Discussion in 'Coin Chat' started by Daniel Jones, May 22, 2020.
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Judging by your question, I'm not sure that's the case.
Buying from a reputable, long-time dealer is going to improve the odds of buying a genuine piece.
However, if you can't tell a fake from a genuine, you should probably stick to pieces certified by a top TPG.
Show us pictures of your new purchase, and we can give you better information.
The link is ebay.com/itm/283880917394?ul_noapp=true
I do have some knowledge of how genuine examples look, but some fakes are difficult for me to identify.
Before you fall in love with it, I'll tell you that it is a counterfeit. A collector put it up one night in our club auction. I flagged it and pointed out the problems to him (bubbley surfaces, chucks of metal indicative of a cast). He gave it to me to help combat the counterfeit problem.
Here is another counterfeit of a 4 reale (a very scarce coin) that is more deceptive. I call it the "leaning pillar" variety.
If you don't your coins, you can get stuck with fakes like this.
Here is a genuine 4 reale coin.
This one is in a SEGS certification holder. It has been dipped.
Thank you for your post. I really like the look of both coins, the 1761 and 1763. I would LUUUV to own either, but finding coins like those seems real difficult, even on ebay.
I do recognize those fake features. In fact, I had to report one fake 1770 pillar dollar at eBay for having the wrong diagnostics, the little crown above the left pillar was the old style royal crown instead of the newer style imperial crown from Mexico city.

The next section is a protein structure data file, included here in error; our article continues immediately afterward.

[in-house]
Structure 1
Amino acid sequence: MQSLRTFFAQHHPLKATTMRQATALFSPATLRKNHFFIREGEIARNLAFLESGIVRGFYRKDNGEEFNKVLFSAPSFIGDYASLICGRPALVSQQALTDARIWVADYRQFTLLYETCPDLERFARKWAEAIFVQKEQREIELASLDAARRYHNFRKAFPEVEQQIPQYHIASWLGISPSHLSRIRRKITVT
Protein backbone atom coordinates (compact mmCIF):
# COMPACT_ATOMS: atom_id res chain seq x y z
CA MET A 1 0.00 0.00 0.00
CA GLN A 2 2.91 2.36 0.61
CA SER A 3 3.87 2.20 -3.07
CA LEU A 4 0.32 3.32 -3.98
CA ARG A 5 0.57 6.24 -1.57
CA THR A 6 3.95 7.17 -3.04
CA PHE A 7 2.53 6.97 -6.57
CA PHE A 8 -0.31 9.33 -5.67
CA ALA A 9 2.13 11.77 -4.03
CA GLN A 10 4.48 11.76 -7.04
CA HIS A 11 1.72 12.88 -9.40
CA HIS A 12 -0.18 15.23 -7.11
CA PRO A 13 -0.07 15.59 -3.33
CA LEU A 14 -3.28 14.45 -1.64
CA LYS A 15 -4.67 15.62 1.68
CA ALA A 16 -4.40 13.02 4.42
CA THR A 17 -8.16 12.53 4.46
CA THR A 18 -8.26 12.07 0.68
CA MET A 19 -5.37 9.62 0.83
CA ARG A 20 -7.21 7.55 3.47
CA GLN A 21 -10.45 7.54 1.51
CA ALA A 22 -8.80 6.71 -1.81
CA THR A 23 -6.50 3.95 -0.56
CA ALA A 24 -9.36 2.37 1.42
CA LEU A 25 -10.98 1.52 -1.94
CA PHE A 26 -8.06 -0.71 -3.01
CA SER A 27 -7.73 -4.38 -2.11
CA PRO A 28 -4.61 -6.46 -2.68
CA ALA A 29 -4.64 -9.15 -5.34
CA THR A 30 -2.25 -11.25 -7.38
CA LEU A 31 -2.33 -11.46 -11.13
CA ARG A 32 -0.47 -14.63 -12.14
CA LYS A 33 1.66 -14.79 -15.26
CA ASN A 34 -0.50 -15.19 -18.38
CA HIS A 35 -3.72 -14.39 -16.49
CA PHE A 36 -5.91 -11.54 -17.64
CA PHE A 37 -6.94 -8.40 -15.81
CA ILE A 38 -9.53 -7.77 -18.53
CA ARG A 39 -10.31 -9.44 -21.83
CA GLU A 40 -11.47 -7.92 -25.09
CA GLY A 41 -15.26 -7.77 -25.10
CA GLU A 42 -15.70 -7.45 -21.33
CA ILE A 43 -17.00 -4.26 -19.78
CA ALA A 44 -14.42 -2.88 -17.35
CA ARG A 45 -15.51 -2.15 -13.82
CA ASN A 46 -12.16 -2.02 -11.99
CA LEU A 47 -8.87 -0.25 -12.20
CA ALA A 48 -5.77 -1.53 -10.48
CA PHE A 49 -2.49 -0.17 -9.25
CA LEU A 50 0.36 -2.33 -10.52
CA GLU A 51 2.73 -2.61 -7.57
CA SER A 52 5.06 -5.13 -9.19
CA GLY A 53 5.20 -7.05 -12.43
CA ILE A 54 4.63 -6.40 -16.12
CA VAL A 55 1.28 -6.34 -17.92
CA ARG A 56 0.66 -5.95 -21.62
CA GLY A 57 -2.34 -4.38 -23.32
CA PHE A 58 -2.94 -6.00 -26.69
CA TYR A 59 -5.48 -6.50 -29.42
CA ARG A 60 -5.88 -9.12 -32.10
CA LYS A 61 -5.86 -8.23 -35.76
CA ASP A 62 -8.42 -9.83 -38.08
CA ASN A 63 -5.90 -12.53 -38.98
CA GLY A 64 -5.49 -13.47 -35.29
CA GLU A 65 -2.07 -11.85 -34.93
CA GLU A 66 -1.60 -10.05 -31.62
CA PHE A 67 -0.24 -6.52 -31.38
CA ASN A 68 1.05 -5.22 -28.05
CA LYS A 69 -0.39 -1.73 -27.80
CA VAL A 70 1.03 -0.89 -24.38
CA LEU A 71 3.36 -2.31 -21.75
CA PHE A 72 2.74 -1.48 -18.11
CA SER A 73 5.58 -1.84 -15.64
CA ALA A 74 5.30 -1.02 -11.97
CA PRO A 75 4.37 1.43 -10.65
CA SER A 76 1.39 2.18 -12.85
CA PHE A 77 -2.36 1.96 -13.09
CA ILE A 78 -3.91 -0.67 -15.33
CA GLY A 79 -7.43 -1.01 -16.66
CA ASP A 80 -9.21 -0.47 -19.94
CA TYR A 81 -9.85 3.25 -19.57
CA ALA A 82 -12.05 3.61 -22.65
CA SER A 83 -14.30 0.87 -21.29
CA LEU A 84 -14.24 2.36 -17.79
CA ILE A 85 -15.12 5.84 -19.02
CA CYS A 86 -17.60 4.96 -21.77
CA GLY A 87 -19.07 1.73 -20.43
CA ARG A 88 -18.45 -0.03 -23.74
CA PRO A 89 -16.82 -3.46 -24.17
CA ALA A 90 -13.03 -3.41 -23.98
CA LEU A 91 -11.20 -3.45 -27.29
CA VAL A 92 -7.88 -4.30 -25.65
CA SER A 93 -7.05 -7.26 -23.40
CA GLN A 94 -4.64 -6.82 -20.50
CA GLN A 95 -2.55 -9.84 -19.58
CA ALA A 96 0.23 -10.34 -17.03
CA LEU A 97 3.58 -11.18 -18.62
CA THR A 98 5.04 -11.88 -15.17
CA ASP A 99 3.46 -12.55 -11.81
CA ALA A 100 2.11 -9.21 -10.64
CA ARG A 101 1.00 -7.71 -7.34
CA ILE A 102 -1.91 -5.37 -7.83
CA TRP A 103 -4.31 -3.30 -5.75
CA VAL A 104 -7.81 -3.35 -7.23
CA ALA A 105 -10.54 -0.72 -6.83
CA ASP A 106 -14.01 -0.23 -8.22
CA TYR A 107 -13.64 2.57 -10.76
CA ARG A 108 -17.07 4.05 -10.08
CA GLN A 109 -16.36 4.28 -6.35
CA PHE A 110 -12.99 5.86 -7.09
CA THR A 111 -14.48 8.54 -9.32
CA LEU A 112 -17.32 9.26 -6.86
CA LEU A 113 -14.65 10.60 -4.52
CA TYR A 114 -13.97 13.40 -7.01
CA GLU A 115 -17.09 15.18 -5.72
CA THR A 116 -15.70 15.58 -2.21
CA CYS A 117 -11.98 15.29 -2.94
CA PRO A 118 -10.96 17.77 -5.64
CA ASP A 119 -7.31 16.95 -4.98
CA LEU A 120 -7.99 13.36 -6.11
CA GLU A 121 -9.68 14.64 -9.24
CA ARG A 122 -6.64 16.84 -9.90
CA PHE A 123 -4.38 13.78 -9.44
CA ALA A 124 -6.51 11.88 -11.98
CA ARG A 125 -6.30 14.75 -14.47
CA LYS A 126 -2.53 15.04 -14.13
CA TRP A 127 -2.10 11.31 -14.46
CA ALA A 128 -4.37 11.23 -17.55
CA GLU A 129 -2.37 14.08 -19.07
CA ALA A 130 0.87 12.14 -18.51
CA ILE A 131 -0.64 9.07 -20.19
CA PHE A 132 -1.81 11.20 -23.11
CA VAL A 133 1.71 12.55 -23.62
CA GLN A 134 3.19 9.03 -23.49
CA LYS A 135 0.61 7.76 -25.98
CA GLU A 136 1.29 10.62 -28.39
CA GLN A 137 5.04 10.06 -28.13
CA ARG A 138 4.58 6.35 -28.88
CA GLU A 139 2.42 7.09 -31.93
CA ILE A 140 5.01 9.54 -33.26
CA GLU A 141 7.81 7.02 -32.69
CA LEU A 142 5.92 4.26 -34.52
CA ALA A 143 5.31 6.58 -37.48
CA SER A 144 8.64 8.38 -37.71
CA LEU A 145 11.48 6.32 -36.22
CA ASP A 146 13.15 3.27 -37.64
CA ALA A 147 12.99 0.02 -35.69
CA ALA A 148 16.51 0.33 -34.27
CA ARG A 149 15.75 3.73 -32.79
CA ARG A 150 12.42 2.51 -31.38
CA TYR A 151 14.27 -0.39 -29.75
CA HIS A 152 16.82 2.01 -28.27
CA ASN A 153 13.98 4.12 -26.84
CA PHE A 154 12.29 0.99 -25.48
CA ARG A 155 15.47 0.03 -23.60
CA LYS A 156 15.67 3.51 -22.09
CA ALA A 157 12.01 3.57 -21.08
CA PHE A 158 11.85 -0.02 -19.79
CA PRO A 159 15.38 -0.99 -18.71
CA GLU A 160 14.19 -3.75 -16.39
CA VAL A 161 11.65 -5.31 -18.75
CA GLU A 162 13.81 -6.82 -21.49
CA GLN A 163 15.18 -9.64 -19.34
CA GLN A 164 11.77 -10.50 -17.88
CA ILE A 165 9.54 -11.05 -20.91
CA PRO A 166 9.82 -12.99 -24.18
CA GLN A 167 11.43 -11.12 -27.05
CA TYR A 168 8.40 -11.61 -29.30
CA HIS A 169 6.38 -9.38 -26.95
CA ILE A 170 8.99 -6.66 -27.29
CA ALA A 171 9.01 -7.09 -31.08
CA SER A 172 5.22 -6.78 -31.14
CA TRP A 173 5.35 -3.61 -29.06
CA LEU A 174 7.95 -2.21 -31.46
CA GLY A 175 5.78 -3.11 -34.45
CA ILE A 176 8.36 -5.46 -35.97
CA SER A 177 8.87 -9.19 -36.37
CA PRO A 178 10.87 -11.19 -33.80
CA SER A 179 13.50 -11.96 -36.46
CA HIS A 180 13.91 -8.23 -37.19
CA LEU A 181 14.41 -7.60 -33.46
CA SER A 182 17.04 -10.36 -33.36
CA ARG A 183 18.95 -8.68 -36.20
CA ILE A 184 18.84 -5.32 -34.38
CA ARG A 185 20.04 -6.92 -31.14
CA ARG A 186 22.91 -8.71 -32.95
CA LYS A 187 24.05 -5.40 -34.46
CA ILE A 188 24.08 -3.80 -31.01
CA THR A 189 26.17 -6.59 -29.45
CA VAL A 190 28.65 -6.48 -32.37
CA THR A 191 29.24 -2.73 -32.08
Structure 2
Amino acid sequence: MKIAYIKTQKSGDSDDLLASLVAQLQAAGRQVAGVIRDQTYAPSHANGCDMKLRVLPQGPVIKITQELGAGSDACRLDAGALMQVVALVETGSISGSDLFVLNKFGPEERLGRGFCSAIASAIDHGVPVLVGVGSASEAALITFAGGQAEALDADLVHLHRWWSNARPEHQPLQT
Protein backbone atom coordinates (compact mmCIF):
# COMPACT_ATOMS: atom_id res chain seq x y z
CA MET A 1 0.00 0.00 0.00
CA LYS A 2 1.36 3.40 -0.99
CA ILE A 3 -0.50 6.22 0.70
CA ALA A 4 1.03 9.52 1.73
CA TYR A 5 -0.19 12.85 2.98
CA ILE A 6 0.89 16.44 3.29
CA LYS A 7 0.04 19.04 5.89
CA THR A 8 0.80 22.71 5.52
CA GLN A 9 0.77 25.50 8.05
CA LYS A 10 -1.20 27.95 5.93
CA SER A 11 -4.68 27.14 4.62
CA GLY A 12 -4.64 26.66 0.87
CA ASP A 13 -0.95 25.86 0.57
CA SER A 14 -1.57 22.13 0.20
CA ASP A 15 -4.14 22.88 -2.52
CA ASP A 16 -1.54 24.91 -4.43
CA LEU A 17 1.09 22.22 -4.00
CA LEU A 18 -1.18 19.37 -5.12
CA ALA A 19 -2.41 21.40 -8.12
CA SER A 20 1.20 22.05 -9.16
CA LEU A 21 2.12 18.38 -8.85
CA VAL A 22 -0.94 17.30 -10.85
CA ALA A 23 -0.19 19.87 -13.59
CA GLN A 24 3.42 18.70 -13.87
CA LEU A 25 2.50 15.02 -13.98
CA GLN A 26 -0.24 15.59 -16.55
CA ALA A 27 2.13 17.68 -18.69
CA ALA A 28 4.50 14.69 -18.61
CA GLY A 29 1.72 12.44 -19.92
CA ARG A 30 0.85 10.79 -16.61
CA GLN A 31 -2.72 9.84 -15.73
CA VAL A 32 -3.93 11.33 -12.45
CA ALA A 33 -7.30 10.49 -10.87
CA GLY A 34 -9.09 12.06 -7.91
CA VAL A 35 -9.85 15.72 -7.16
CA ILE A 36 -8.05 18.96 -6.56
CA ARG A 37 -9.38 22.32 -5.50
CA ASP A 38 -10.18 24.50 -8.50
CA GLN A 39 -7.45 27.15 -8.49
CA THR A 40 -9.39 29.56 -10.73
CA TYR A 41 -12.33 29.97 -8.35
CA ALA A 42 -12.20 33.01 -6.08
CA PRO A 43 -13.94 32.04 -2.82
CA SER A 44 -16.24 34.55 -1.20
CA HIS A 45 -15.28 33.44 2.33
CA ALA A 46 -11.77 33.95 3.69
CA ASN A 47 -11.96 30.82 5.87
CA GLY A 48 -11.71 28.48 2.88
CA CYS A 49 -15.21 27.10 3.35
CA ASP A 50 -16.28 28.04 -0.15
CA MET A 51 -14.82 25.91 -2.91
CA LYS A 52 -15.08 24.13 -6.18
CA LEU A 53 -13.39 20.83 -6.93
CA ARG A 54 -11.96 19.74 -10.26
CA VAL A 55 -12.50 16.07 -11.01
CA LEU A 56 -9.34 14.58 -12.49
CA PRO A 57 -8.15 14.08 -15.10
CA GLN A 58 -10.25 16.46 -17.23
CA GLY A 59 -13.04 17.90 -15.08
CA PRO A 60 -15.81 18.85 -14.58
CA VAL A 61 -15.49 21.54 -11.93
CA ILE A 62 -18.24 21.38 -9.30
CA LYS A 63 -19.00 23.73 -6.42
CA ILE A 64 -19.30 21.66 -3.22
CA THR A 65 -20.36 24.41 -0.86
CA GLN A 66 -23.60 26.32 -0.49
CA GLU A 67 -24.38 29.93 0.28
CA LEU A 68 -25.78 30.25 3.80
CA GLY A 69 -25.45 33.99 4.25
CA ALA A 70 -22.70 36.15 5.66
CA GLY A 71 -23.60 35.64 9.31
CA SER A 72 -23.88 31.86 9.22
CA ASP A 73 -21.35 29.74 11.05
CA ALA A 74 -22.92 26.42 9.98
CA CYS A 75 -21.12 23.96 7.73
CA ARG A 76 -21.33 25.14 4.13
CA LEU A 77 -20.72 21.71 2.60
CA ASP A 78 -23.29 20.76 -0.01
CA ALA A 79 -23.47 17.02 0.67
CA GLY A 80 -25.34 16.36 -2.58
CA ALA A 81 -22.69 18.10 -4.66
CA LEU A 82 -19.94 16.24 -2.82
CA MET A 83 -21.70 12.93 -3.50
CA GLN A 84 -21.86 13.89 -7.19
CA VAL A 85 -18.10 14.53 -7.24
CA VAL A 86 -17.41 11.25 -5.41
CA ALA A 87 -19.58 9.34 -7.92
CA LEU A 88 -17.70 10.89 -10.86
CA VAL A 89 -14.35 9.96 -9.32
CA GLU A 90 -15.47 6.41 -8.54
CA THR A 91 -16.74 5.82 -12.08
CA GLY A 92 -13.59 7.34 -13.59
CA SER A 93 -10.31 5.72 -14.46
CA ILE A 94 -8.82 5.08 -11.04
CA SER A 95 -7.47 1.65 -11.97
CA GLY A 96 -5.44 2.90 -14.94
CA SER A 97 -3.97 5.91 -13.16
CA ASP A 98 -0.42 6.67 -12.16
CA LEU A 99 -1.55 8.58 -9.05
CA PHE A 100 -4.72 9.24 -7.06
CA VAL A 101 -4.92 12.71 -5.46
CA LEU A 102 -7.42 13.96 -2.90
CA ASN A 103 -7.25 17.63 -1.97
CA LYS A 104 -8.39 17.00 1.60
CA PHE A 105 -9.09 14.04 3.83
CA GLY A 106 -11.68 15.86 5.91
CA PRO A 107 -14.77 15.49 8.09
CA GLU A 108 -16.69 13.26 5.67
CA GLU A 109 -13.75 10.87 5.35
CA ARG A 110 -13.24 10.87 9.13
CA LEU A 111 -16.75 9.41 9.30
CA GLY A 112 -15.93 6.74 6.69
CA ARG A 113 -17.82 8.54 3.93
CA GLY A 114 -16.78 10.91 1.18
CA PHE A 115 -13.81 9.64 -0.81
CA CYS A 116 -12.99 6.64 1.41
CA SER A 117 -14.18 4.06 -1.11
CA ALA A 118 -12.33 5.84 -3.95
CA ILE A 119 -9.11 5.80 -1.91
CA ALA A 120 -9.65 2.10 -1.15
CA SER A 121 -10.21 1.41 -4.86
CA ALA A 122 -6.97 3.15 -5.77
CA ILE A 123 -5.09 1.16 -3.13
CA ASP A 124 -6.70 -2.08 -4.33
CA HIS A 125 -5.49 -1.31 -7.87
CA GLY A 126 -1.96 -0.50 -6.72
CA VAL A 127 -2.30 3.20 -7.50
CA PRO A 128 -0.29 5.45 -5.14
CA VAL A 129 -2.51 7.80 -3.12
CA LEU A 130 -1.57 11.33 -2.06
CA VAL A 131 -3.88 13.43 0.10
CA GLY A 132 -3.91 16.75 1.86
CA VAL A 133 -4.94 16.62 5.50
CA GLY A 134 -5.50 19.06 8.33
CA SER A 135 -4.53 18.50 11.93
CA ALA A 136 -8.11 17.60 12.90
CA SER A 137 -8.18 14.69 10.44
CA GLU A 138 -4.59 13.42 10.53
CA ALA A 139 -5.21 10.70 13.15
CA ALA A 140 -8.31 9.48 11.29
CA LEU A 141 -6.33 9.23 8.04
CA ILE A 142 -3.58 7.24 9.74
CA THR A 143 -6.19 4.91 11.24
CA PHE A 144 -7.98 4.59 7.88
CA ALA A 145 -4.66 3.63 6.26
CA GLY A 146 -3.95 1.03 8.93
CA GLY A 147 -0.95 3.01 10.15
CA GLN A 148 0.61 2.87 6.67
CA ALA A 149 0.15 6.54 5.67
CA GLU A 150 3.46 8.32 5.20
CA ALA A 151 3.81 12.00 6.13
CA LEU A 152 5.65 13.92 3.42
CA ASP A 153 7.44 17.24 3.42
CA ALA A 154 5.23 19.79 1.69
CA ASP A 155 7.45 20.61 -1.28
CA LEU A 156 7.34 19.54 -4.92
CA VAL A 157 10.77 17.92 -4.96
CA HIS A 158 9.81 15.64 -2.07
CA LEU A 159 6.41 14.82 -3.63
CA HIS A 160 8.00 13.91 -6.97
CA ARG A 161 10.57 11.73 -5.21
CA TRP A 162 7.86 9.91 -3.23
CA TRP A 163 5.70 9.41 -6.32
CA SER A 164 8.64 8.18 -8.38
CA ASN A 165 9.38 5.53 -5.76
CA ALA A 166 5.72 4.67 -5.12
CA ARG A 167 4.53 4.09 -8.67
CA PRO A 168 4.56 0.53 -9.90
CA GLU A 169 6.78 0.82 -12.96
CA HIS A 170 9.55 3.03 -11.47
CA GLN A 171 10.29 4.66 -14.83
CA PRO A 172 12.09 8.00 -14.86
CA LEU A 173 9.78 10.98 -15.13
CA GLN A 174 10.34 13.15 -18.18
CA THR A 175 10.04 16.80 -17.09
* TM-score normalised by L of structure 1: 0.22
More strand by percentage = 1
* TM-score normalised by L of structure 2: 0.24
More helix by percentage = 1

Thank you for your observation/analysis. I agree with you 100%. The surface looks slightly damaged possibly from over heating and the coin was apparently cleaned, but still appears authentic to me. I would REEEEEALLY LUUUV to find a truly decent example like the 2 johnmilton displayed, but I have yet to find any like that despite searching through around 200 or so examples so far.
Thank you for your helpful link. The weight issue for many of these early Spanish 8 reales seems inconsistent. I had a few dealers tell me their tolerance can be off as much as 1.1 gram and still be authentic. Are they lying? Ignorant of the facts? Or, do they know something I don't? I don't know, but I am still researching and learning about these coins.
I have owned the 1763 example for more than 20 years, and I bought the SEGS piece at a major show probably 15 years ago. I have not been in the market for the dollars in a while although I have purchased the factional pieces in more recent years.
The Pillar Dollars are not rare. You should be able to find something that pleases you. If I see
BEAUTIFULLLLL!!!!! The original toning and eye appeal looks fabulous! Also, the fields appear to be nearly blemish free. I saw another 1766 pillar dollar identical to yours at another coin talk site. In fact, I wonder if you are the one who posted this same coin at that other site about a discussion 5 years ago regarding a 1759 pillar dollar sent to NGC which was sent back to the sender unauthenticated for not being genuine.
I would seriously doubt that tolerances would be that far off. For example tolerance for US dollars was .097 grams. Being off by 1.1 grams would be close to 4% and at that time that would represent a significant sum, especially in quantity. If you could get together back then 100 of them that were that far off, the error would equal about a weeks wages.
Thank you for your insights, Conder101. I just took this coin to a local pawn shop to be weighed (I don't own a gram scale), and it weighs in at 26.84 grams. Does this guarantee authenticity? No, but at least, closer than others I saw.
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